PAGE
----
Social Anxiety: 6 Steps to Reduce Fear of Failure

Dealing with social anxiety can be incredibly difficult. Humans naturally seek connection and interaction with others as social beings, but social anxiety makes meeting this need challenging. It amplifies our pre-existing fears of being judged or failing in social situations. 

How does social anxiety enforce fear of failure? Have you ever had to give an important speech or presentation and nervously powered through it? Or maybe you had trouble communicating on a first date. You don’t have to let social anxiety control your life. There are steps you can take to manage and reduce its impact.

Step #1: Change The Way You Look At Failure.

Woman in White Long Sleeve Shirt and Blue Denim Jeans Sitting on Table

Failure can lead to opportunity. There is a popular children’s cartoon that teaches a valuable lesson that applies here. One of the main characters states, “Being really bad at something is the start of being really good at something!” Look at this idea in a real-world scenario.

Let’s say you applied for a job you wanted but didn’t make the cut. If you look back at the process and assess it, you can figure out what you need to work on for next time, like understanding that some interview questions come up in most job interviews. So you can have some pre-vetted answers prepared for your next interview. Having the time to build up your weak points could also increase your confidence on the next go around.

Step #2: Don’t Self Sabotage. 

Step 2 is closely linked to step 1. After experiencing a setback in a job interview, some individuals may become disheartened and decide to refrain from applying to similar positions, avoiding the pain of failure. This behavior is known as having “avoidance goals.” You should steer clear of them entirely.

There is no need to completely abandon your aspirations for a dream job due to one negative experience. Remember, you have the ability to rectify those mistakes. Instead of avoiding that particular job market, set a realistic goal for the future, such as enhancing your performance on your next interview.

Step #3: Eliminate The Unknown.

Most experts recommend avoiding the worst possible scenario. However, understanding the worst-case scenario may be beneficial regarding the fear of failure. Try making a list of your goals and the potential ways they can go south. Seeing these negative scenarios in writing can make them seem less scary, and you can also prepare for them by devising a backup plan.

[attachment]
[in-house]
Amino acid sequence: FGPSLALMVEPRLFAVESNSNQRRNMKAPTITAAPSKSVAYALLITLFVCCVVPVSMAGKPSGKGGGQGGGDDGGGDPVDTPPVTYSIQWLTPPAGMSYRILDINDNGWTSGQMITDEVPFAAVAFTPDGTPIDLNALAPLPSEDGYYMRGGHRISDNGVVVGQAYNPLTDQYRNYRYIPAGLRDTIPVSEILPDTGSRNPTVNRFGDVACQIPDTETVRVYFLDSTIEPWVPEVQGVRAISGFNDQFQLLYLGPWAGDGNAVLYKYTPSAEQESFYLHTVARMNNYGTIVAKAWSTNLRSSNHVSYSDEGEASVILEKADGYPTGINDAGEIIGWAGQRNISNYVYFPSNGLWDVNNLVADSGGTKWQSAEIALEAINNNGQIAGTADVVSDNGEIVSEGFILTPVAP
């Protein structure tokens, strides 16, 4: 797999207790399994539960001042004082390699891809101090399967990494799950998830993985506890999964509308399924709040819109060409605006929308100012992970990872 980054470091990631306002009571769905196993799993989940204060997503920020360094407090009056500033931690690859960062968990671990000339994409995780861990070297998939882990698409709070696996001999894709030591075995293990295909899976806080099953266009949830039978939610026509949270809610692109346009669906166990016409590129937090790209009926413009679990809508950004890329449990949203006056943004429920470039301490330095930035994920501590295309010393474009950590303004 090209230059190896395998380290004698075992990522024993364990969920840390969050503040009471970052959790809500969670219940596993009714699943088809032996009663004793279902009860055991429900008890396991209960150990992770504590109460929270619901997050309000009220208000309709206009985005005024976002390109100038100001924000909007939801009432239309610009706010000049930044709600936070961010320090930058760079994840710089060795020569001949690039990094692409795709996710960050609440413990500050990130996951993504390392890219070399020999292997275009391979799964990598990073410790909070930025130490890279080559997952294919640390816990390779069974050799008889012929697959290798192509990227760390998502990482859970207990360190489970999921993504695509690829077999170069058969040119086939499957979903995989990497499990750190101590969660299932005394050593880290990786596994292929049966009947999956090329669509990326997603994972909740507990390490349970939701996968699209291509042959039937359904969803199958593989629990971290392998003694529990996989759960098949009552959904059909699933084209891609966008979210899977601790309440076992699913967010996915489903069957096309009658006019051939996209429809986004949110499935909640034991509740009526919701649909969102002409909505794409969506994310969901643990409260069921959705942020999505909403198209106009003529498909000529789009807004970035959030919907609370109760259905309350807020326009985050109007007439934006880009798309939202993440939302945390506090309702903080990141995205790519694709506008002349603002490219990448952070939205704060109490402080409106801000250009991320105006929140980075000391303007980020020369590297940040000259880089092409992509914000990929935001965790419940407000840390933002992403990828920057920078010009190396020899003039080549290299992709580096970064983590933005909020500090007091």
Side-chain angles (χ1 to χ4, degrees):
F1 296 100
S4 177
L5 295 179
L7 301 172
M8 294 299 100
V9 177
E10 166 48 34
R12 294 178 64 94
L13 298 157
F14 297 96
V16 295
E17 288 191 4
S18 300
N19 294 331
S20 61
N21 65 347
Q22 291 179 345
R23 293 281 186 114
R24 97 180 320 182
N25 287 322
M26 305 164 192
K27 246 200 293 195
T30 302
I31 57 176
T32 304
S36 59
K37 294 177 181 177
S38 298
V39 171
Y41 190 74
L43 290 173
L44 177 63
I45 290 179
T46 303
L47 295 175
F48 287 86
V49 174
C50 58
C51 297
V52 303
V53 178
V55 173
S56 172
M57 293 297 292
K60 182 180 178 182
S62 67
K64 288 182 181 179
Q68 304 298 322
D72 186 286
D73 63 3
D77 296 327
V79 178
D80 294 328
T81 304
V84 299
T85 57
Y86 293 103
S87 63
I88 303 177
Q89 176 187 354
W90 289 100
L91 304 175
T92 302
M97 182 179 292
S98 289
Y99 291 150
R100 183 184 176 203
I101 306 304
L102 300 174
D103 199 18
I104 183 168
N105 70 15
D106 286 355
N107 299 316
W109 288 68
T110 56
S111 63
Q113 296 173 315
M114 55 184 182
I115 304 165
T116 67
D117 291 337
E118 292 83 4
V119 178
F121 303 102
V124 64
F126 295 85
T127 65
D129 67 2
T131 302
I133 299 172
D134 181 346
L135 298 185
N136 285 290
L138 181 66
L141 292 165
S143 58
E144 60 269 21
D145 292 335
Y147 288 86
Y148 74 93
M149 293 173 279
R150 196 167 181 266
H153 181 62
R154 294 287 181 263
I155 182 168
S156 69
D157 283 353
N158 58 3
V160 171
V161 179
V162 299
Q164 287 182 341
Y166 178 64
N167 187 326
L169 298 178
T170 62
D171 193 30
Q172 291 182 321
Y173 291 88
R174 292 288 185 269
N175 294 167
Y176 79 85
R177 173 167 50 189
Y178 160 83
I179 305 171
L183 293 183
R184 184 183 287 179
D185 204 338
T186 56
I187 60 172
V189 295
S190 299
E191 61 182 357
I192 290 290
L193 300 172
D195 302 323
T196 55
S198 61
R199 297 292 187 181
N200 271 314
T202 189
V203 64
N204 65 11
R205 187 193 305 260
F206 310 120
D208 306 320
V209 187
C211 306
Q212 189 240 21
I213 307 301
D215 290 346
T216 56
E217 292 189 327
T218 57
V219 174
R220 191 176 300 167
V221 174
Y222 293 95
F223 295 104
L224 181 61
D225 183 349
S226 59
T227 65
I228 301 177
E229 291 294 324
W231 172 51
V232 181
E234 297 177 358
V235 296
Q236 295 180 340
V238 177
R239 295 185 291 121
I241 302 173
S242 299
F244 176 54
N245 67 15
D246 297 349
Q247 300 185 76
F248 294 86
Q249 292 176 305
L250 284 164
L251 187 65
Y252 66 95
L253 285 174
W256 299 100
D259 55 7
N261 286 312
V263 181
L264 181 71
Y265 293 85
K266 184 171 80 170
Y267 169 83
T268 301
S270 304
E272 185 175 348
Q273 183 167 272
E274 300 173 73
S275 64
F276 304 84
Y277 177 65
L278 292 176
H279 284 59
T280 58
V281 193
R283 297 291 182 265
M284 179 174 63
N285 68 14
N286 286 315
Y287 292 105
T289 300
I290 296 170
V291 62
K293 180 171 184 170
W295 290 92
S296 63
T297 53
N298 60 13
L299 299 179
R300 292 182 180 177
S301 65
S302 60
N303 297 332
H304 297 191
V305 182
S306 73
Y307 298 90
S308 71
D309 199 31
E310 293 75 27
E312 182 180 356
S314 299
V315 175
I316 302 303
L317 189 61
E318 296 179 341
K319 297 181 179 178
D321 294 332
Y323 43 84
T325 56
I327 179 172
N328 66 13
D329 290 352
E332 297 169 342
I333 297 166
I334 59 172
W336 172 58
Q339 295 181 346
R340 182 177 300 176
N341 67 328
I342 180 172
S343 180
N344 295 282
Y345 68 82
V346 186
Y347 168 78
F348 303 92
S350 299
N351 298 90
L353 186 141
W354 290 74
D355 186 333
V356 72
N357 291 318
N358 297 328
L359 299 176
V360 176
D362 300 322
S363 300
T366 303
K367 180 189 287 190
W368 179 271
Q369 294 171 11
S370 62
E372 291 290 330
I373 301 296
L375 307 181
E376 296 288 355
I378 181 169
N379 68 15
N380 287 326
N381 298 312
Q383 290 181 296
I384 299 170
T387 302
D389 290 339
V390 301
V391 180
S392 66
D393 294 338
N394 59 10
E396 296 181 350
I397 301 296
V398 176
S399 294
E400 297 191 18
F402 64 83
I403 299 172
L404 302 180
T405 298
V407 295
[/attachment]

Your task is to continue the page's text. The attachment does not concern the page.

Step #4: Never Stop Learning.

Here’s another step that can pair with step 1. Have you ever heard of the phrase “upsell?” Upselling is when you learn new skills to increase what you can offer to potential employers. This idea can also be applied to other social situations. How? People usually make friends with other people who have similar interests or skill sets. Upsell yourself by increasing your knowledge about the things you already enjoy. Your confidence will increase, and you can potentially impress a new friend.

Step #5: It’s Okay To Have A Back Up Plan

Having a potential backup plan if things go south can alleviate the potential pain of failure. Didn’t do well on that interview? Make sure to make notes for yourself and strengthen what you struggled with. Was your first date a dud? Get back on the horse again when you’re ready and have some planned conversational points. Having a plan B can alleviate a lot of the anxiety surrounding failure. 

Step #6: Fear Of Failure Is A Normal Part of Life

Rest assured that it isn’t only people with social anxiety who fear failure. Everyone will experience fear of failure at some point. Knowing that can bring you some comfort the next time you face a difficult social situation.

If you would like to learn more about social anxiety and how to reduce the fear of failure, feel free to contact me.